Seoul has a reputation for being one of the best places in South Korea to visit for fresh seafood. The problem is that most of us, average restaurant diners and grocery store shoppers, have no idea what process really happens behind the scenes when it comes to getting fish from the ocean to the table.
A quick trip to the Noryangjin Fish Market in Seoul will not only educate you, but entice you to perhaps try a quick bite of fish fresher than youâ€™ve ever tasted in your life.
What is the Noryangjin Fish Market
The Noryangjin Fish Market is, as noted, one of the largest fish markets in the area. Because of its location on the Korean Peninsula, South Korea is surrounded by three different seas â€“ the Yellow Sea, the East China Sea, and the Sea of Japan. There are dozens of sea ports scattered throughout South Korea, but fifteen of them deliver fresh seafood to Seoul on a daily basis.
The Noryangjin Fish Market is formally operated by the Department of Agriculture, Forestry, and Fisheries. While the capital city of Seoul has a number of fresh seafood markets, Noryangjin is the largest. It was originally established in 1927 and moved to itâ€™s current building in 1971.
The market sits on over 66,000 square meters (or 216,535 square feet) and features more than 700 shops. Some sell fresh seafood while others sell dried fish products. Because the market has a strong agricultural section youâ€™ll find not only fish, but vegetables and fruits as well.
What Youâ€™ll See when You Visit
Depending on the time of day you visit, the market may be bustling with activity. The early morning hours are when wholesale auctions take place and retail sales take place until up to 9 in the evening. The earlier in the day you visit, the busier and more active the market will be.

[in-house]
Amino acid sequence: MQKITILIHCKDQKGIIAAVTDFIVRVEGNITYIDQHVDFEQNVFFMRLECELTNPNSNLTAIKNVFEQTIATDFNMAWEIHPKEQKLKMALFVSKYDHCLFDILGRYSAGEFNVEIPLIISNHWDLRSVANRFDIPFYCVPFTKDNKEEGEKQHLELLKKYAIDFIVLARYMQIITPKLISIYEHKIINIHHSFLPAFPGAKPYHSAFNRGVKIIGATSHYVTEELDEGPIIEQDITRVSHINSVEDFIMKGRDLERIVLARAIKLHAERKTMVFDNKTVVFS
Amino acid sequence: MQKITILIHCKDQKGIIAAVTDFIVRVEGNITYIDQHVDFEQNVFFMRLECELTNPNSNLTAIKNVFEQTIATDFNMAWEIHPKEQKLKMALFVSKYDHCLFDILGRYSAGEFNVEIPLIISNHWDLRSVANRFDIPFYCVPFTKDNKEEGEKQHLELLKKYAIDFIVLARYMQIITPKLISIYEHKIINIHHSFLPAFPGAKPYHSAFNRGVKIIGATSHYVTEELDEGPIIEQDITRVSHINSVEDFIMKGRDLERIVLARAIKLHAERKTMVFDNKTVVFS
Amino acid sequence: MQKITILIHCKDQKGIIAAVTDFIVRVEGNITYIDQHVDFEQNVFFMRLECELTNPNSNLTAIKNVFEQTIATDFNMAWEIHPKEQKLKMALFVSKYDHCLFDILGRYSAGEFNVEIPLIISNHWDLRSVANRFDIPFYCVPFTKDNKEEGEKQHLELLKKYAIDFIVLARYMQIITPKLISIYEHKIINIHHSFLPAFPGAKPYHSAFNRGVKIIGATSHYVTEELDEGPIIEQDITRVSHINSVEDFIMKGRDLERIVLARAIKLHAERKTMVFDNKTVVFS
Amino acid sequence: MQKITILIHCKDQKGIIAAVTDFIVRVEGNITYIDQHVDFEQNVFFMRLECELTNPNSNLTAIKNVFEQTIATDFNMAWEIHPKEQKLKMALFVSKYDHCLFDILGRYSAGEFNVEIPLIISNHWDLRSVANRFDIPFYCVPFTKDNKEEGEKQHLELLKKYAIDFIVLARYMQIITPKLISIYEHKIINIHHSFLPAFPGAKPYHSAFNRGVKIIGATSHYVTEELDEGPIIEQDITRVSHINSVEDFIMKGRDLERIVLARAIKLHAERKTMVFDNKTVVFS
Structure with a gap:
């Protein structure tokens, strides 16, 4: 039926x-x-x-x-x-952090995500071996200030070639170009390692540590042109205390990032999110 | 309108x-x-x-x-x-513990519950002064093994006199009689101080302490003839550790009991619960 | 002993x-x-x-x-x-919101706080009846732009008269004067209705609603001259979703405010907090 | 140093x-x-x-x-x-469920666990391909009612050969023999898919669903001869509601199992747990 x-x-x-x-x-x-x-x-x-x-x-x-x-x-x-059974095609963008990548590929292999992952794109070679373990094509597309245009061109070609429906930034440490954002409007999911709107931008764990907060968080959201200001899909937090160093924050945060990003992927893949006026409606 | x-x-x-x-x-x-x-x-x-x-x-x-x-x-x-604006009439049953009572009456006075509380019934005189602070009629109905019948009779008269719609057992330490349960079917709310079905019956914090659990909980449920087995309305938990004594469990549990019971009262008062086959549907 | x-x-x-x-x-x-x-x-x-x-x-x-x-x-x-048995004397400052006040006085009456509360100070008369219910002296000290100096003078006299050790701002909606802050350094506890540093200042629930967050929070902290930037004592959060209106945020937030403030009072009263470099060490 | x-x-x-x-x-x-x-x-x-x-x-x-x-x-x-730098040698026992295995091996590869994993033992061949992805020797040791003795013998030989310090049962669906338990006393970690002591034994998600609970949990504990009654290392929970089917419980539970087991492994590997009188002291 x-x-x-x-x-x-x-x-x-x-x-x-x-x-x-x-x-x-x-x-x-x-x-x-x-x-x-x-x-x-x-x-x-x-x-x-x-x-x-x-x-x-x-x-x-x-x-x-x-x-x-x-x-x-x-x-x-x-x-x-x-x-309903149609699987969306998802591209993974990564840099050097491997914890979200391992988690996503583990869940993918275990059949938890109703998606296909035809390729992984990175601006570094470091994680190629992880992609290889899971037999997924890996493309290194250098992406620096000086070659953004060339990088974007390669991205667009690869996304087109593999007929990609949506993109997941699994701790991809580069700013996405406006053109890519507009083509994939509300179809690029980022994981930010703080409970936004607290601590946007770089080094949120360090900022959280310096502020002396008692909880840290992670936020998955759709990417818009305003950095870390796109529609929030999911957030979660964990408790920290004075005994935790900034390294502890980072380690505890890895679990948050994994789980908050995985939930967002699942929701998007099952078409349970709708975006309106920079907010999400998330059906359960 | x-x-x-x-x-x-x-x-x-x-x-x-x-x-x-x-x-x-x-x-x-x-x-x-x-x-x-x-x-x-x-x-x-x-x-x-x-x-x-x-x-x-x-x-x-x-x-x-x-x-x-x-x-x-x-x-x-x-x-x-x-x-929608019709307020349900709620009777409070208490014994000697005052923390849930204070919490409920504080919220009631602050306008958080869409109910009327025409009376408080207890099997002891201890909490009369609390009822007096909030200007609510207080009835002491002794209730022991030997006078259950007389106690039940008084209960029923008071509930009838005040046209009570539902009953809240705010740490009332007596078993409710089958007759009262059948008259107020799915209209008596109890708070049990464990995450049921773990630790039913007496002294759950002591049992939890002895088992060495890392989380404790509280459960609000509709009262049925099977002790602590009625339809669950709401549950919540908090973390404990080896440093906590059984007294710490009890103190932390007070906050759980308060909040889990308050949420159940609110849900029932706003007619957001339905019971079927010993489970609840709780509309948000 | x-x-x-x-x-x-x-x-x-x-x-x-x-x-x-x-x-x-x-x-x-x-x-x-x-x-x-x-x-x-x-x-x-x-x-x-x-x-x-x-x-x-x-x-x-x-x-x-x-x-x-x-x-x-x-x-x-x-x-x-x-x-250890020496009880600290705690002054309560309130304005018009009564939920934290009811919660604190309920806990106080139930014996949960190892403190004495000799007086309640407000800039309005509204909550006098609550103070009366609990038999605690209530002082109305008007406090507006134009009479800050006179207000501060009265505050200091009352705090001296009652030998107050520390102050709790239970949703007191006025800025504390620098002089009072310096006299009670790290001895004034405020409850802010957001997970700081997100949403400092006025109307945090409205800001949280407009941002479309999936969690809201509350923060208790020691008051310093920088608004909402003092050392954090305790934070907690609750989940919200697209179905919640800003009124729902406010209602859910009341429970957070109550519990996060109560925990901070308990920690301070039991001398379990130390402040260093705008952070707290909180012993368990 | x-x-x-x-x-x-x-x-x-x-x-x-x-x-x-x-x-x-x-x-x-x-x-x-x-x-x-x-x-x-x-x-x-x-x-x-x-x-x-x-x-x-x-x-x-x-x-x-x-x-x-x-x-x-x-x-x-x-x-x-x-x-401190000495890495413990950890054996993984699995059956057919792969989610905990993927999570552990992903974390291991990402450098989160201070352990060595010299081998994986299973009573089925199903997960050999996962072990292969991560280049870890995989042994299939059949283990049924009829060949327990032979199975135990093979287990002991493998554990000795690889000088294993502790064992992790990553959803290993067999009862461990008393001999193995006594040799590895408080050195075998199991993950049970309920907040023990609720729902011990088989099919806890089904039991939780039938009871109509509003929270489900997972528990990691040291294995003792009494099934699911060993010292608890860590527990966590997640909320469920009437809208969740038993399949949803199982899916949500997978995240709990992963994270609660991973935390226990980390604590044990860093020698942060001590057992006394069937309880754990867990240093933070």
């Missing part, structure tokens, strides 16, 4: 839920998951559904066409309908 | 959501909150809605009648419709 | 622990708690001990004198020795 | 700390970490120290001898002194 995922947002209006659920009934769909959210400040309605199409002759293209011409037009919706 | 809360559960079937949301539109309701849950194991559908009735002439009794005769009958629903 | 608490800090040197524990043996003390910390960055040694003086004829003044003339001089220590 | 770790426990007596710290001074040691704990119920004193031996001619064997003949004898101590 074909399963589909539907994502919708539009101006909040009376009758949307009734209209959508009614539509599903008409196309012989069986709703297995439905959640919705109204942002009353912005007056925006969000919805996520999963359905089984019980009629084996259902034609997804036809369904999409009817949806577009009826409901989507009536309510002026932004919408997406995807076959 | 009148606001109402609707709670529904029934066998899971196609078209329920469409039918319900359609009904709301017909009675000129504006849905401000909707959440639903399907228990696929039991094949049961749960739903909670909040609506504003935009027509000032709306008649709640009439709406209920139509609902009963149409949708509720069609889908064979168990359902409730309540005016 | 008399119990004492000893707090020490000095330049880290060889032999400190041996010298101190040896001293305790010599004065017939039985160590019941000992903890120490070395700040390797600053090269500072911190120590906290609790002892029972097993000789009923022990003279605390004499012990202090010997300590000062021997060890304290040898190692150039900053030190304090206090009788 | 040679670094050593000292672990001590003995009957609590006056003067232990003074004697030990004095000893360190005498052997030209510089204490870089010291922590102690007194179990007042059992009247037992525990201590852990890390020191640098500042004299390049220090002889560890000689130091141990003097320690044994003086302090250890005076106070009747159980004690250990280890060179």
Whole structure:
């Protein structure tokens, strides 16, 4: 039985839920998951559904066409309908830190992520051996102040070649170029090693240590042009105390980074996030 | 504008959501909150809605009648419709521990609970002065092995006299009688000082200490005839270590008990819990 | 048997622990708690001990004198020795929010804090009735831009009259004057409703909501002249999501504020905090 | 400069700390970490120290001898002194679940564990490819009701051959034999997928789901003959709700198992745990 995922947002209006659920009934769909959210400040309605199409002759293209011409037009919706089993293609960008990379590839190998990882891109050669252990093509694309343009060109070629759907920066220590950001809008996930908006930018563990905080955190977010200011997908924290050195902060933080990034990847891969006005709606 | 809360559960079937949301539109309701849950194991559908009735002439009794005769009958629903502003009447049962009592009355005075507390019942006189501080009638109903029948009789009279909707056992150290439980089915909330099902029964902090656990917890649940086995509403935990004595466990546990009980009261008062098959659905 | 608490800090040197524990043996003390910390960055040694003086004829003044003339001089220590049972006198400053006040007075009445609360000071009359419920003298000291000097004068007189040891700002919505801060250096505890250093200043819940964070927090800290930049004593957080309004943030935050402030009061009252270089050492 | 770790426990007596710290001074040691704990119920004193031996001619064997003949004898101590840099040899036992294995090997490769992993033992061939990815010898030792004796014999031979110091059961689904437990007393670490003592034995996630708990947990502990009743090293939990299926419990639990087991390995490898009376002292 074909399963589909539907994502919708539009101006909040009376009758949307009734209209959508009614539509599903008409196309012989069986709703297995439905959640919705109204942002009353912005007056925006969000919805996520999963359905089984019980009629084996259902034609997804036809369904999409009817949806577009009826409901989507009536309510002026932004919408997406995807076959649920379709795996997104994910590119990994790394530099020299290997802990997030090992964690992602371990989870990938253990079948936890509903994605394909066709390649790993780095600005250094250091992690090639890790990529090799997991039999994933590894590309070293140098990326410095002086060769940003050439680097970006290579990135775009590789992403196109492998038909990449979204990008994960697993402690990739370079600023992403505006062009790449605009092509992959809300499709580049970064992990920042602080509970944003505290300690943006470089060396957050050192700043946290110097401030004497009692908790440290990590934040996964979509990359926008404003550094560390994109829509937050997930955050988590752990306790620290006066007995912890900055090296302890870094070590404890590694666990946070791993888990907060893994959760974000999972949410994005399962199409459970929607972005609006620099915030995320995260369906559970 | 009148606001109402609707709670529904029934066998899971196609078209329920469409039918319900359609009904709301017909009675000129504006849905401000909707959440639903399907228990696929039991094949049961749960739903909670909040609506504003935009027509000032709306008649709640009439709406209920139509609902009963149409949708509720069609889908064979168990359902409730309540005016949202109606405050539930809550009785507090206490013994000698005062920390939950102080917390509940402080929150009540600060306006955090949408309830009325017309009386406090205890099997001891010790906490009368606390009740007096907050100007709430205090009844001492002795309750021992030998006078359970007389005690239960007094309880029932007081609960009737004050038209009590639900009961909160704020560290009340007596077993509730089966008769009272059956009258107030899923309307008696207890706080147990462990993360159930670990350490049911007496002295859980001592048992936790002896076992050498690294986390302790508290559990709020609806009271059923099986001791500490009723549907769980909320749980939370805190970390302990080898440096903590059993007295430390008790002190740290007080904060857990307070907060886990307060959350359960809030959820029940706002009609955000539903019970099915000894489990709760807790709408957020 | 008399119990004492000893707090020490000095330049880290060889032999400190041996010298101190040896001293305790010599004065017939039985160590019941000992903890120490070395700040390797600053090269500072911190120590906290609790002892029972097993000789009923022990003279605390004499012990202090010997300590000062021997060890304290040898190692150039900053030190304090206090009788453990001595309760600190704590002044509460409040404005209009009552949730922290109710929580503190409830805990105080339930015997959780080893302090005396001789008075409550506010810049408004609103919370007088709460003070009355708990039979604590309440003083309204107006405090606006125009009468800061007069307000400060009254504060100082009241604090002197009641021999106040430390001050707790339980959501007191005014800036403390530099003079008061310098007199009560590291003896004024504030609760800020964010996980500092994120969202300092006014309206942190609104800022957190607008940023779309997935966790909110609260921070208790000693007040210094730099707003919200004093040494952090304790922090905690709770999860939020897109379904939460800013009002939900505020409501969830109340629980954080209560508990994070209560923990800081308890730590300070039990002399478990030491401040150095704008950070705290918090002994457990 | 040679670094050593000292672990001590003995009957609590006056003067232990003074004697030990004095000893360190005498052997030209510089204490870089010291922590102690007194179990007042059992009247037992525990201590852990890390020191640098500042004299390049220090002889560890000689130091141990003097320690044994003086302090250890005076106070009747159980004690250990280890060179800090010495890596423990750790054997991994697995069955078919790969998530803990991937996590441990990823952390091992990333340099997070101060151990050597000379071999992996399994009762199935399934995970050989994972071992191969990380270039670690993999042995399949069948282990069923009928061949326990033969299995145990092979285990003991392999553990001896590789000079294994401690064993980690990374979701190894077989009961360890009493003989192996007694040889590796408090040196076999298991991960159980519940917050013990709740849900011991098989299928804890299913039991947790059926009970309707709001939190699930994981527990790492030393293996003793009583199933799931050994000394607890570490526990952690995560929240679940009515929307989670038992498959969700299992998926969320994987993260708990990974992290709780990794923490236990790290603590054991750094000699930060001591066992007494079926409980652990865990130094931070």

When you first step into the market youâ€™ll be overwhelmed by the amount of seafood on display. Youâ€™ll see more than simple fish here. Bins full of fresh crabs, prawns, sea cucumbers, and clams are scattered throughout the shops. You may even see salmon, stingrays, and small sharks. Some seafood, like the anchovies, lobsters, baby octopus, and ribbonfish, are kept live in tanks.
Sometimes you fish will be wrapped, purchased after being kept on ice. In other cases, you can purchase fresh fish, still alive, packaged in a plastic bag full of water to keep it alive until you get it home to cook on your own.
When to Visit the Market
When you visit the market will depend largely on what youâ€™d like to see. The auction, selling fish at wholesale prices to those looking to resell or stock stores and restaurants,Â runs from 1 in the morning until 6 in the evening each day. Fish can also be sold to retail buyers, like local citizens or tourists, at non-auction prices. The retail sales begin at 3 in the morning and run until 9 in the evening.
The wholesale market is open every day except for Sunday and is always closed on holidays. The retail vendors, on the other hand, work seven days a week and are open throughout the entire year.
If youâ€™d like to taste a fresh seafood dish native to Seoul, a trip to the Noryangjin Fish market is definitely in order. There are well over a dozen different restaurants within the market, each serving up the freshest dishes possible. In some cases, youâ€™ll be able to choose your own seafood â€“ sometimes live – and it will be gutted, cleaned, and cooked to suit your tastes.
Hungry for a fresh seafood dish? Forget dining in any other restaurant. No fish will be as fresh as the fish served right within the market. Take Subway Line #1 from your Seoul hotel and get off at Noryangin Station. The best fish youâ€™ve ever had in your life will be just a few steps away!